When we talk about thin content in the context of SEO we are describing web pages that only contain a very minimal amount of useful information, a bit like a takeaway menu that doesn’t display any prices.
Google looks at thin content pages and swiftly disregards them. A bit like how a hungry person might disregard a pizza restaurant website if they don’t display a menu. We should probably stop writing these SEO glossary entries while we’re hungry.
Some examples of thin content that don’t mention pizza
- Very short paragraphs that are stuffed with keywords and don’t make sense to the reader
- Websites that only display content that has been scraped (nicked) from other websites and offers no insight or original comment on the content
- Splurgenantaic parlubarumma fermications of scrobble pops (gibberish spam pages)
So why does thin content exist?
Back in ye olden days of SEO, search engines weren’t clever enough to sort the wheat from the chaff. If a search engine crawler visited a website and found lots of pages, then it might mistakenly believe that the website was a good resource.
In order to try and fool search engines some SEO people would create hundreds, and sometimes thousands of pages. The problem with creating lots of pages is that you have to put something on them. That’s not easy. You try writing 20,000 on any topic at all and the well will soon run dry.
So the Internet became littered with web pages that contained either very little content, or content that was pilfered from other websites.
These days people are more likely to create thin content by accident, rather than to try and fool Google. Sometimes thin content is unavoidable. For example, you might build a fantastic glossary of technical terms that your customers love as a vital resource. But Google may look at those pages, shrug, and move on.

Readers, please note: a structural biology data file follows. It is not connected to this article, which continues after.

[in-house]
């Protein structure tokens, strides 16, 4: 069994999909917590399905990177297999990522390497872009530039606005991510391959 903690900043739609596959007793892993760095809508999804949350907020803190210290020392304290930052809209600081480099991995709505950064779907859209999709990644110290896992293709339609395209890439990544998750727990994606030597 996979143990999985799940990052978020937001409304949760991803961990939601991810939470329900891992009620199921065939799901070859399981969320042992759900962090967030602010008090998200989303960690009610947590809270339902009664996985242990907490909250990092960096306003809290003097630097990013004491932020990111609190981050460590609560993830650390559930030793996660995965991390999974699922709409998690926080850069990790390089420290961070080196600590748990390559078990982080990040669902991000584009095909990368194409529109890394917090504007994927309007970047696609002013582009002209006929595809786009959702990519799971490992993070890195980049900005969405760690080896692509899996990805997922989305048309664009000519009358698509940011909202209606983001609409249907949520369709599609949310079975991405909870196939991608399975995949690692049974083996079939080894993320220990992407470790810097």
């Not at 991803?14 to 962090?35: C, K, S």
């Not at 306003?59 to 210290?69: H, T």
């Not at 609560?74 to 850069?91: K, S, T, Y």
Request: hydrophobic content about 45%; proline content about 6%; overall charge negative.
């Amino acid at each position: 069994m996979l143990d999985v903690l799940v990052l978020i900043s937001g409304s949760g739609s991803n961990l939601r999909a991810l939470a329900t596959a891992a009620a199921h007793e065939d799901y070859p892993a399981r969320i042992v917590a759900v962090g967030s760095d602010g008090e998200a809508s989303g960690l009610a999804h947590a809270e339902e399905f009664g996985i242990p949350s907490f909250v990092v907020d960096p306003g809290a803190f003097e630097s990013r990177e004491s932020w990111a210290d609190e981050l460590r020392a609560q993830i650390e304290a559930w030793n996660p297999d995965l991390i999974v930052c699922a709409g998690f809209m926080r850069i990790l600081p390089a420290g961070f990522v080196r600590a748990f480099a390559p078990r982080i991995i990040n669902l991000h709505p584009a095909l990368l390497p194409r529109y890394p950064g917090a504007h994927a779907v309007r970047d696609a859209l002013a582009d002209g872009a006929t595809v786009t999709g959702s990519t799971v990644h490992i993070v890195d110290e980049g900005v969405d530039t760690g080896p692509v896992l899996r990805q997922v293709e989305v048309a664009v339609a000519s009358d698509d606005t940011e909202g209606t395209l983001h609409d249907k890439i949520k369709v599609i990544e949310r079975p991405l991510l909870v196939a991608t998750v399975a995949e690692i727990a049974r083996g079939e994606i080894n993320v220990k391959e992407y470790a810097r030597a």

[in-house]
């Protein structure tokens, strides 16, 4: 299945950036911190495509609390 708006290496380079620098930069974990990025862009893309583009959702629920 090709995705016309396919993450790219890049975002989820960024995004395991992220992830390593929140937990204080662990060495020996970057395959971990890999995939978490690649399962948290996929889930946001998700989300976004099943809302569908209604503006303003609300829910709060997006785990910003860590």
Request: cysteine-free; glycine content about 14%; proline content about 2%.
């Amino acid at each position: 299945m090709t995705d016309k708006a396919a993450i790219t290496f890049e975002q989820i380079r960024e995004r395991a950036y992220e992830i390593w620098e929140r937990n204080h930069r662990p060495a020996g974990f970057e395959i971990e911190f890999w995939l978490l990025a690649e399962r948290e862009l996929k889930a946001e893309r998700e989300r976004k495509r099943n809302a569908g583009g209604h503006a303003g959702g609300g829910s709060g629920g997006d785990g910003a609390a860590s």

Google doesn’t penalise or punish thin content, it just doesn’t care about it. Like us when we are craving pizza and spot a takeaway, only to find that it is closed. We don’t care about that closed restaurant. We move on.
The opposite of thin content is
thick content good quality, insightful and informative content.
This requirement for rankable pages to be meaty has almost become a meme. Have you ever searched for the answer to a problem only to land on a page that has a thousand-word introduction about the problem before actually delivering the answer in just a handful of words? You have probably found a good example of a website owner trying to avoid thin content.
The importance of understanding Thin Content in SEO
Part of the joy of SEO is that it naturally reflects good business practices and common sense. If you put bad stuff into your SEO you’re going to get bad results out of your SEO.
Build a terrific website that is entertaining, informative and essential to your audience and you’re most of the way towards shooting up the SERPs. Don’t waste time worrying about whether you are creating thin content or not – just do good stuff.
Your target audience is your fellow human being, not the search engine crawlers.
Thin Content – explain it to me like I’m five years old, please!
Thin content pages contain very little of anything. If you can avoid building them do so, but sometimes a simple page is the right resource for your audience, just don’t expect it to rank well.